Taiwan promulgates new, broader trademark law

Taiwan

The Taiwan presidential office has promulgated amendments to the Trademark Law that will take effect on November 28. The substantial changes will afford protection to a wider range of marks, as well as affect, among other things, opposition, invalidation and cancellation procedures, and infringement provisions.

The changes to registration include the following:

  • Protection will be extended to (i) three-dimensional, sound and single-colour trademarks, and geographical indications in respect of alcoholic drinks, and (ii) collective marks used to distinguish the goods or services of organizations that are part of a collective mark scheme.

  • It will be possible for a single application to cover multiple classes of goods and services. Consequently, applicants will be able to split pending applications into several applications based on the various designated goods and services, and maintain the original filing date. Mark owners will be able to divide an existing registration in the same way.

  • Mark owners will be able to renew a registration simply by paying the fee, as the substantial examination of renewal applications (eg, proof of use) will be abolished.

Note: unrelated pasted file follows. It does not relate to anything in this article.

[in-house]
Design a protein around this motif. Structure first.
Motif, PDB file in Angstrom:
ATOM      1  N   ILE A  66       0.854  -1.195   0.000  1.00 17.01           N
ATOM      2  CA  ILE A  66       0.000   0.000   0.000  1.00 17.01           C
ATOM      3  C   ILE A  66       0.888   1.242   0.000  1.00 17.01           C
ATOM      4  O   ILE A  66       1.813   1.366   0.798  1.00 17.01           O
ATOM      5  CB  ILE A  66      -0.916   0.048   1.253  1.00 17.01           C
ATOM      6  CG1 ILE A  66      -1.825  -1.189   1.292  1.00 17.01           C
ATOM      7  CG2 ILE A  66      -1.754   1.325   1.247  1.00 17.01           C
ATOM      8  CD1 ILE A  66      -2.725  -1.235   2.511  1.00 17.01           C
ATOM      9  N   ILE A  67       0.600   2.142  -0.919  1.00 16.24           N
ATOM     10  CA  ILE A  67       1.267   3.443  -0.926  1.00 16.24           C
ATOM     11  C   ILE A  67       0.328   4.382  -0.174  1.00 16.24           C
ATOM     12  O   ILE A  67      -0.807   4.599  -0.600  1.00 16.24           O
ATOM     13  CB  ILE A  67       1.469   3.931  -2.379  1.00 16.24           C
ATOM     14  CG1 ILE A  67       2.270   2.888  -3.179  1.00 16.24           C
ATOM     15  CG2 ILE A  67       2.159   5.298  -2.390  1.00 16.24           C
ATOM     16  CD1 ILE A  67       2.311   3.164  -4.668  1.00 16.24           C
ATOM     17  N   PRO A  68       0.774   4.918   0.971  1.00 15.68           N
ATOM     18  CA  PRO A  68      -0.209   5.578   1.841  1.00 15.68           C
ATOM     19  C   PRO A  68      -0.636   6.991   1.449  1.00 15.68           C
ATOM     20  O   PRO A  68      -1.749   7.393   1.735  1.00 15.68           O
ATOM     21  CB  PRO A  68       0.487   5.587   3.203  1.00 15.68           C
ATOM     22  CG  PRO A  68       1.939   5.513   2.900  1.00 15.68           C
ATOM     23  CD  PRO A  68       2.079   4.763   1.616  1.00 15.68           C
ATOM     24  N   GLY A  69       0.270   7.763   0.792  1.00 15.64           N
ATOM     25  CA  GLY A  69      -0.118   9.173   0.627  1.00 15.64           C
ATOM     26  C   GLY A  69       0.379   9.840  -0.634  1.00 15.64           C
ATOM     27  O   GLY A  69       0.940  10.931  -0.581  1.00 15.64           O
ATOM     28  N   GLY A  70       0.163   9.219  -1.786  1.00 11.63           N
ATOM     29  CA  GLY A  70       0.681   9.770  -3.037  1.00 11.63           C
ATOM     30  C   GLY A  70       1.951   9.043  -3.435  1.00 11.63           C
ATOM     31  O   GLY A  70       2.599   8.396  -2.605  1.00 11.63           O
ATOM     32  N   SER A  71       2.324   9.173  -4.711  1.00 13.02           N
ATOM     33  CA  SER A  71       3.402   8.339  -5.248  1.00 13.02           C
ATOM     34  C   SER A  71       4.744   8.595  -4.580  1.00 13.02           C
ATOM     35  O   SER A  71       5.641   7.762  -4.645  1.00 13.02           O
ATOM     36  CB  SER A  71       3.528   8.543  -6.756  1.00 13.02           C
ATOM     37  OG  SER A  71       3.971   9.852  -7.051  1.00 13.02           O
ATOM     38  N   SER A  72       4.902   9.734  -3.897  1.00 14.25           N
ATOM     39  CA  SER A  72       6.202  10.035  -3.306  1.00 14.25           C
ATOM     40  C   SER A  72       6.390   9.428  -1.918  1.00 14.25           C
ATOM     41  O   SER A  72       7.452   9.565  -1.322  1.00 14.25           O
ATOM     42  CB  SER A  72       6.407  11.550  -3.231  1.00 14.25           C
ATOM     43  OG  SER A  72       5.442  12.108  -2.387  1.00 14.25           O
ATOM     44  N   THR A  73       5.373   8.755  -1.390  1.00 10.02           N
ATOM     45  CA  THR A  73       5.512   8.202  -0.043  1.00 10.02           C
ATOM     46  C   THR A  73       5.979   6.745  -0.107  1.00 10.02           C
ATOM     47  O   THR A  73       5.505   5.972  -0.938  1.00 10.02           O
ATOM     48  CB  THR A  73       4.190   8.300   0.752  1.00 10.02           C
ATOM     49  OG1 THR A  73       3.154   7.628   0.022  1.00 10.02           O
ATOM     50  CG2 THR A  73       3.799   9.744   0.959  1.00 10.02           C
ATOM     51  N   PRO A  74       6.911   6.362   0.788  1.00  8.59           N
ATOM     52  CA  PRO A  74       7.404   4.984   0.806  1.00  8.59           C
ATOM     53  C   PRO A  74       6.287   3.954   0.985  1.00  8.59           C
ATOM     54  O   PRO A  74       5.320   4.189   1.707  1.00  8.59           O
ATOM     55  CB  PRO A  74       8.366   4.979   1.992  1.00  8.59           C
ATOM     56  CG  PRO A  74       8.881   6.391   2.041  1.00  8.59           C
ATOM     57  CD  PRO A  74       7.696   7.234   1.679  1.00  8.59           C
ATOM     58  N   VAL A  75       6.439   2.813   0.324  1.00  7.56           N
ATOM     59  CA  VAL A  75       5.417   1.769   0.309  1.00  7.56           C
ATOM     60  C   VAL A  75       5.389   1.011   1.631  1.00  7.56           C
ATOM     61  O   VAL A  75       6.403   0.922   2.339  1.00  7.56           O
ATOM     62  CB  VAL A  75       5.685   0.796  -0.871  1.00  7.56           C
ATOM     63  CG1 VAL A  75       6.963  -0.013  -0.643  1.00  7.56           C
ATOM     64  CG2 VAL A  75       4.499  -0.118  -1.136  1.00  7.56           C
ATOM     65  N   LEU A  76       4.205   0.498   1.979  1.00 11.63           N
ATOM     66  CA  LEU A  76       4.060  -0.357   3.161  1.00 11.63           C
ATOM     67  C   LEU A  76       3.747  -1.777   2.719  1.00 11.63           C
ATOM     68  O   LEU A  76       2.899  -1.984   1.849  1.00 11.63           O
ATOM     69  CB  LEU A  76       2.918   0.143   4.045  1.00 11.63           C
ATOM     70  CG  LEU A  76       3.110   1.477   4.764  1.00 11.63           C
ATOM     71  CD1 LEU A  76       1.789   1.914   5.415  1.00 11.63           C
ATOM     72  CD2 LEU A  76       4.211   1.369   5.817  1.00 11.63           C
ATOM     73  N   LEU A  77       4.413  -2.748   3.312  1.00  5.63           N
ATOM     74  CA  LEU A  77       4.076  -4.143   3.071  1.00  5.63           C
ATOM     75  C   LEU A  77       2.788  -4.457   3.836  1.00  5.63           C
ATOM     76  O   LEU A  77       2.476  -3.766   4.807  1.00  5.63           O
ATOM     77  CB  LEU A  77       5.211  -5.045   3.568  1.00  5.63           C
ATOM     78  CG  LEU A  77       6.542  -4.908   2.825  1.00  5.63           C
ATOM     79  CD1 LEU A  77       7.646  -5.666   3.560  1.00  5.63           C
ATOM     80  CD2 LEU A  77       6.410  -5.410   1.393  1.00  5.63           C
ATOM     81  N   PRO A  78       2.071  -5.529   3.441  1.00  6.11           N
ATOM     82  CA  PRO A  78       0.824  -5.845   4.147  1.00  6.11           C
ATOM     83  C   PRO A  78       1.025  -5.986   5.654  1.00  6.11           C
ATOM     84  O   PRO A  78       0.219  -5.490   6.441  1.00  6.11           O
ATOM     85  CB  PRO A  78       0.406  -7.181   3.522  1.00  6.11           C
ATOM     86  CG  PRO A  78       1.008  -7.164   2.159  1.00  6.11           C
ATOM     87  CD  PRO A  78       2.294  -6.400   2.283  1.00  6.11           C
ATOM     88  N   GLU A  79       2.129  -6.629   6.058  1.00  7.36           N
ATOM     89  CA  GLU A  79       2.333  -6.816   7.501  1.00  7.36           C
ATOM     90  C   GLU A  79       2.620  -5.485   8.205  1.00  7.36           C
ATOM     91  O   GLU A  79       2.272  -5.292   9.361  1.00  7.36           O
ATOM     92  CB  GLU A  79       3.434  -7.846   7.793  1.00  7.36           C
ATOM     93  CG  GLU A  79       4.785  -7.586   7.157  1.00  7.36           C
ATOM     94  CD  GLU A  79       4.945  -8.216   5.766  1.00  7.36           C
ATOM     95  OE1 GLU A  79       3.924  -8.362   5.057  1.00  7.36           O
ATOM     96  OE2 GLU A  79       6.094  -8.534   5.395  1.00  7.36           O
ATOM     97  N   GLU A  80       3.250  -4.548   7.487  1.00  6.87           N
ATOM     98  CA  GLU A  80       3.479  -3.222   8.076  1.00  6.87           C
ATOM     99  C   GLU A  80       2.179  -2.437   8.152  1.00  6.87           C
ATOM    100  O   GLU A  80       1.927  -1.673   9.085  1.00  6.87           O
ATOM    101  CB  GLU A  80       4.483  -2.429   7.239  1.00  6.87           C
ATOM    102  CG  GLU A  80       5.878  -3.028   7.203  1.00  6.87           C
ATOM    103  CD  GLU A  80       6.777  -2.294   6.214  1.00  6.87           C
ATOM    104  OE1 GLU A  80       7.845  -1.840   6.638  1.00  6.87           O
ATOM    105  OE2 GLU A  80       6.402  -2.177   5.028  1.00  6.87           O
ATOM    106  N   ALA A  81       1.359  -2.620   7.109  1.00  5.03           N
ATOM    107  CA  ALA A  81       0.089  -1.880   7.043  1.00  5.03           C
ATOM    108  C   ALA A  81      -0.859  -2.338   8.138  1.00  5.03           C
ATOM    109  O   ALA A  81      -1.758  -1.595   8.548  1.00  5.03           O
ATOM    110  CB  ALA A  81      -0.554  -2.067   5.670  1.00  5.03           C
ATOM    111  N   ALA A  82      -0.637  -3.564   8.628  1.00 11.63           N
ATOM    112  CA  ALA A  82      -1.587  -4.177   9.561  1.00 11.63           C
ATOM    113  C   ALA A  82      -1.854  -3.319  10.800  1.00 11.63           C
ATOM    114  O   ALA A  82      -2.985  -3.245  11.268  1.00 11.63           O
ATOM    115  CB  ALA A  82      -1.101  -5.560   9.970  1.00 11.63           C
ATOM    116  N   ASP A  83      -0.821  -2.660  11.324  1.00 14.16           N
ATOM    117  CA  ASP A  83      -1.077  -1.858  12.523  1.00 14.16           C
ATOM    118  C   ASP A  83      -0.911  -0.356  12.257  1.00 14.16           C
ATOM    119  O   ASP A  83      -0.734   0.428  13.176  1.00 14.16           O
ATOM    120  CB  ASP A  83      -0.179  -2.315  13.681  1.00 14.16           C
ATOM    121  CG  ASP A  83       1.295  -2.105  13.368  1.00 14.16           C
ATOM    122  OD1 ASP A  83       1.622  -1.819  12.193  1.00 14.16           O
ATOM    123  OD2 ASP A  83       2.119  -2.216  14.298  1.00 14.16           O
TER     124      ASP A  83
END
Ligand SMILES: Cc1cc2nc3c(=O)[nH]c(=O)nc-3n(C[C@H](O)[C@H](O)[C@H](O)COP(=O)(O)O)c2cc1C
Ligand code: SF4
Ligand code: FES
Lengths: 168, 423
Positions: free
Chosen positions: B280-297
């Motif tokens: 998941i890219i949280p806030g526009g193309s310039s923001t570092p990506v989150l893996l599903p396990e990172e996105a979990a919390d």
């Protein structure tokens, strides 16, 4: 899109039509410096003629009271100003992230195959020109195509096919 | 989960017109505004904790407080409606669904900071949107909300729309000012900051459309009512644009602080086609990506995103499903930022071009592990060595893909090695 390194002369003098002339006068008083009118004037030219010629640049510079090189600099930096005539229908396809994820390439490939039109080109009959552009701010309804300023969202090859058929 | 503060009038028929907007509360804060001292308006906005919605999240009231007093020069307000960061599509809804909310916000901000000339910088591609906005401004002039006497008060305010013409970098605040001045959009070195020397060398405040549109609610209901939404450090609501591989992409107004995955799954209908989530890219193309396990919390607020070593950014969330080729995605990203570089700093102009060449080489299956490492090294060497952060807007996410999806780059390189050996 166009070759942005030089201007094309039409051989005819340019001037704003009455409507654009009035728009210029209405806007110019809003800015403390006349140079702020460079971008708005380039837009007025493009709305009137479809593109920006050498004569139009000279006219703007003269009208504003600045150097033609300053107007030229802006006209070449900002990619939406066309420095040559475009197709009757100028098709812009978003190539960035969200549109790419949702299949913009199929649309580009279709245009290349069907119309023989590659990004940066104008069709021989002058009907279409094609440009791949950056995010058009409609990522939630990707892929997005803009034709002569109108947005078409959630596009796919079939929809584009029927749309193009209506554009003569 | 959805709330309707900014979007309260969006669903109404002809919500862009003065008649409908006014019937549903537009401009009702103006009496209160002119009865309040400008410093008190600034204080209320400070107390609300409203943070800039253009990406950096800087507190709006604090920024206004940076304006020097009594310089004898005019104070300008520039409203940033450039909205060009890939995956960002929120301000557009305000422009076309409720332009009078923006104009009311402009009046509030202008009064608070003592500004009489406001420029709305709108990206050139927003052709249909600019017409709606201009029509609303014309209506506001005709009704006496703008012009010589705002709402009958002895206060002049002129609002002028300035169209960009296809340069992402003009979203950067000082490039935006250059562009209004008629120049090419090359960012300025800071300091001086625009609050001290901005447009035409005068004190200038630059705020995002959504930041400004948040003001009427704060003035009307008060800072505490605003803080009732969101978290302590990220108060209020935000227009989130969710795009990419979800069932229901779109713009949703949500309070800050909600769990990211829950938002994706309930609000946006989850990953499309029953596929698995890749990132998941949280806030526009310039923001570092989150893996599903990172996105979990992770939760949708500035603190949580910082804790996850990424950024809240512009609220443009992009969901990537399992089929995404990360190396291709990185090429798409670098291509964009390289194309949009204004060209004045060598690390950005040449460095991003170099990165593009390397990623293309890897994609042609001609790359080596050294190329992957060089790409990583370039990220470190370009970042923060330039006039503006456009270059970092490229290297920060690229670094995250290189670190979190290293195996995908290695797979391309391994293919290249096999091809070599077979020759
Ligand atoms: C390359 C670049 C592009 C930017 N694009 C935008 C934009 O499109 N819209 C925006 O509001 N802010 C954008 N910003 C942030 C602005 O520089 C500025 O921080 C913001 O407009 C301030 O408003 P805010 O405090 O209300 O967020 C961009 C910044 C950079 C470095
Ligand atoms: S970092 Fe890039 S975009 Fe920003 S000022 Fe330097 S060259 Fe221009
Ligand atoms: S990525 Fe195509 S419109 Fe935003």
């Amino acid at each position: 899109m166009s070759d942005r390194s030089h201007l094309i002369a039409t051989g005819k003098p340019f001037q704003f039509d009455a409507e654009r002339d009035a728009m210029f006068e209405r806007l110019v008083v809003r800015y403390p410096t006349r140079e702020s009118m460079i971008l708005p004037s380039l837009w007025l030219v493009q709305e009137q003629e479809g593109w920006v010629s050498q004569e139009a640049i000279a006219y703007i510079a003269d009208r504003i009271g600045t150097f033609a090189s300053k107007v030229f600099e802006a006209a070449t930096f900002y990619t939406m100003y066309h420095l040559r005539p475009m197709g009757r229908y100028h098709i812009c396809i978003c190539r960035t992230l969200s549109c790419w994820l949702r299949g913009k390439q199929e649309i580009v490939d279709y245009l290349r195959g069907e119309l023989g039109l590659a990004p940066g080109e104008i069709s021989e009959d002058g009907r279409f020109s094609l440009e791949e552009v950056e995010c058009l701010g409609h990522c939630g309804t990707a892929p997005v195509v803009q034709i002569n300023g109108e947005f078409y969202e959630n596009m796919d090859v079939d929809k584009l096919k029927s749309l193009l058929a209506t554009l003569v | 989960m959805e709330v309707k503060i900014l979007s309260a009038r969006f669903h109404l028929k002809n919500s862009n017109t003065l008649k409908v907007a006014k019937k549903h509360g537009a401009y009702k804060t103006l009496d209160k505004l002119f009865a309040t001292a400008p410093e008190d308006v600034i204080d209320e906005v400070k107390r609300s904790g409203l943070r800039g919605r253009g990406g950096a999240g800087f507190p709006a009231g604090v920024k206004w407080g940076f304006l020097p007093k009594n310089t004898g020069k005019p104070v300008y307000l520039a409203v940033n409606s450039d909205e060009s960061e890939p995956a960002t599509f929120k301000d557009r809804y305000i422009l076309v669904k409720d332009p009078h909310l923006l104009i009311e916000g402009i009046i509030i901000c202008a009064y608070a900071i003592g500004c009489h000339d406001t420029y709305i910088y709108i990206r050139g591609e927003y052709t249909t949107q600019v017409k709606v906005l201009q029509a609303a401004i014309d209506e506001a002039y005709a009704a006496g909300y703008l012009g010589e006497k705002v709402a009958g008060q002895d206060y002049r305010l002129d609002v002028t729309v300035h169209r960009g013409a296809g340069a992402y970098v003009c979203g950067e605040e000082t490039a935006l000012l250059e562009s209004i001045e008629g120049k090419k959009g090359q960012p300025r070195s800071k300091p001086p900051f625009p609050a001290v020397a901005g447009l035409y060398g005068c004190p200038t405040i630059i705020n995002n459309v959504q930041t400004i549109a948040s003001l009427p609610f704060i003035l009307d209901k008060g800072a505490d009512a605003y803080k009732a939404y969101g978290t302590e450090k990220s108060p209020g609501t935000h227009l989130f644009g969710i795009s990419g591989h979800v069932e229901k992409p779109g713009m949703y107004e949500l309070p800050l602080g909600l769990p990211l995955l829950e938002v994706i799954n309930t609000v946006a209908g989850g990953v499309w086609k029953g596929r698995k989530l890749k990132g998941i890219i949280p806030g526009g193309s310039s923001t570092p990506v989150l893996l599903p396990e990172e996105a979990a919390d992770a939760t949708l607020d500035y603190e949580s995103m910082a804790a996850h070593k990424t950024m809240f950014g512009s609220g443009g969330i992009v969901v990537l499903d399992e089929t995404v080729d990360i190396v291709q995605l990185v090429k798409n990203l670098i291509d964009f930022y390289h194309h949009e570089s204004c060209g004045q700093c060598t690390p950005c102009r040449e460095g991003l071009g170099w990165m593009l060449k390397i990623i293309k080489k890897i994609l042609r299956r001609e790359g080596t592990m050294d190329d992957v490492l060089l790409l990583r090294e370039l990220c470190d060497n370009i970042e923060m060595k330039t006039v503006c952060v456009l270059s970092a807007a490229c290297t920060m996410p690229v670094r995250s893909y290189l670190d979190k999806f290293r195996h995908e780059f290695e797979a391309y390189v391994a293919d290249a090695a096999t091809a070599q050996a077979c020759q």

• The system of associated and defensive trademark registrations will be abolished. Existing associated registrations will become independent, whereas defensive registrations will remain as is until they expire. They will then become either independent registrations or be extinguished.

The amendments to the opposition, invalidation and cancellation procedures include the following:

  • Opposition will be possible up to three months after the publication of the registration, whereas invalidation, except against plagiarism of well-known trademarks, will be possible within up to five years after the publication of the registration.

  • It will be possible to cancel a trademark if (i) it has become a generic term for the registered goods or services, or (ii) its use misleads the public as to the nature, quality or origin of the goods or services.

  • The use of a mark through electronic or digital media may satisfy the use requirement in cancellation actions for non-use.

  • Market survey reports will be allowed as supporting evidence in opposition, invalidation and cancellation proceedings.

The changes to the infringement provisions include the following:

  • The concept of trademark dilution will be introduced to protect well-known marks.

  • The use of another party's registered trademark as a corporate, trade or domain name, or other symbol indicating the source of business will amount to infringement.

  • In cases where the marks and/or goods or services at issue are merely similar, the plaintiff will have to prove that there is a likelihood of confusion among relevant consumers to obtain a finding of infringement.

  • Trademark owners will be able to apply to the Customs Office for preliminary attachment against imported or exported goods suspected of infringing their marks.

Kwan-Tao Li and CV Chen, Lee and Li Attorneys at Law, Taipei

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